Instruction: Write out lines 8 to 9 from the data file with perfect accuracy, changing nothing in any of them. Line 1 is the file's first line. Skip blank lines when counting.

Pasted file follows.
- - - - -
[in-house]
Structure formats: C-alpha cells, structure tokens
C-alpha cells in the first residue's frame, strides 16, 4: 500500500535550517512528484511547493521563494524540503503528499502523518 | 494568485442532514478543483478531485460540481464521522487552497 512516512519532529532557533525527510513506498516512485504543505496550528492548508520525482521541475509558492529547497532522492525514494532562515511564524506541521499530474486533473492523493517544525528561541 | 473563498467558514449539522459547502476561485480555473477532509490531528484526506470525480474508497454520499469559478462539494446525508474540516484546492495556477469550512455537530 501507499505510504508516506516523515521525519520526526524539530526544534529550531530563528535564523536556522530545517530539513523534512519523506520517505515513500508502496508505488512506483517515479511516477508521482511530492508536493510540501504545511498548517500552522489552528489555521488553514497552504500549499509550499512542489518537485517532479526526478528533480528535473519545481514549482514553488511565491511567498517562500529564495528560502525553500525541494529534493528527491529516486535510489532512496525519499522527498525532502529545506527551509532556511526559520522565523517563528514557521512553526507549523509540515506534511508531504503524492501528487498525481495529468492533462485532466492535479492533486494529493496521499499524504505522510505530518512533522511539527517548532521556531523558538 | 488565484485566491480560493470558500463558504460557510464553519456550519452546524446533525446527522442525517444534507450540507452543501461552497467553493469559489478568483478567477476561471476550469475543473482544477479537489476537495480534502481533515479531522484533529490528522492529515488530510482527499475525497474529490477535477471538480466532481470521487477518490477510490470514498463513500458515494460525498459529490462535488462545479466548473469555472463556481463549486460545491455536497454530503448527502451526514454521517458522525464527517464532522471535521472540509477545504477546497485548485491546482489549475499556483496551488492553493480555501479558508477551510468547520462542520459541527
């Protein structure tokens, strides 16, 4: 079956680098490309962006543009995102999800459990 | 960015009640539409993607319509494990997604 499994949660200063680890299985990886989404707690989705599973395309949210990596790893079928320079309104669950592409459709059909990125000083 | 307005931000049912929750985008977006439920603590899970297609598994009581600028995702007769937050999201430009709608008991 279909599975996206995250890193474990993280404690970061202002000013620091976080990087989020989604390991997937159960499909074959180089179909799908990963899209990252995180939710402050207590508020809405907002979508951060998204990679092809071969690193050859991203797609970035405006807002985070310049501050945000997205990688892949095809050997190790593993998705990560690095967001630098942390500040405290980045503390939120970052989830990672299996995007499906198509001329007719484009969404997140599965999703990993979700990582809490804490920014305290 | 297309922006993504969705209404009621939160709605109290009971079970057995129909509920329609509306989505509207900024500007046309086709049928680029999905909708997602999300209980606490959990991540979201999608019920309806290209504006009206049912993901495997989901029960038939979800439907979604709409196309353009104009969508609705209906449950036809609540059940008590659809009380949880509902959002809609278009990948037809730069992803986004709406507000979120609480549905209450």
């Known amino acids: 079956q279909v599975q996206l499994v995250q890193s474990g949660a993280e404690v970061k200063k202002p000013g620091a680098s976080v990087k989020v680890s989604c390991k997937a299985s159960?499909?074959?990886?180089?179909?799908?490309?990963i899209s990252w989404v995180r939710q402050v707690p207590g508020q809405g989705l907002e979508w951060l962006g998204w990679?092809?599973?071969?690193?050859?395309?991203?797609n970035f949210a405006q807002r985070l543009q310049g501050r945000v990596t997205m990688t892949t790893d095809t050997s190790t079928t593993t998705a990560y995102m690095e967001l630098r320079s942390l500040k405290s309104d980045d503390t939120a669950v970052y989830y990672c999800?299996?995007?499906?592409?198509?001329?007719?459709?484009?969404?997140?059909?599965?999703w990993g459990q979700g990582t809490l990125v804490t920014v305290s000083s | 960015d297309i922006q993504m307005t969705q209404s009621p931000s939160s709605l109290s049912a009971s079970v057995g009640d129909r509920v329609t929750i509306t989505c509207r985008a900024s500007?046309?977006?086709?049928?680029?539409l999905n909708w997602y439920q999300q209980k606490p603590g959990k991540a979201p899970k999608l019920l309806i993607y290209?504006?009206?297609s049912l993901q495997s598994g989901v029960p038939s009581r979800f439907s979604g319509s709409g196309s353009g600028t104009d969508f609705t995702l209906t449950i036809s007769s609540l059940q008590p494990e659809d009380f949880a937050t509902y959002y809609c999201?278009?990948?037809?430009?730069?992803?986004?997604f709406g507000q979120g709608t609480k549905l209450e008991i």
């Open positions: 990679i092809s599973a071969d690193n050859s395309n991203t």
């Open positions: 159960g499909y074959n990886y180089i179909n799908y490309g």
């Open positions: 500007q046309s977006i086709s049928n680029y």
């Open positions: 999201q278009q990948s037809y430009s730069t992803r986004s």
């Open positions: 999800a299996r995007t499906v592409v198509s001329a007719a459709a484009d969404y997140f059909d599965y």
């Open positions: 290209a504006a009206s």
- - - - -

């Open positions: 500007q046309s977006i086709s049928n680029y």
């Open positions: 999201q278009q990948s037809y430009s730069t992803r986004s």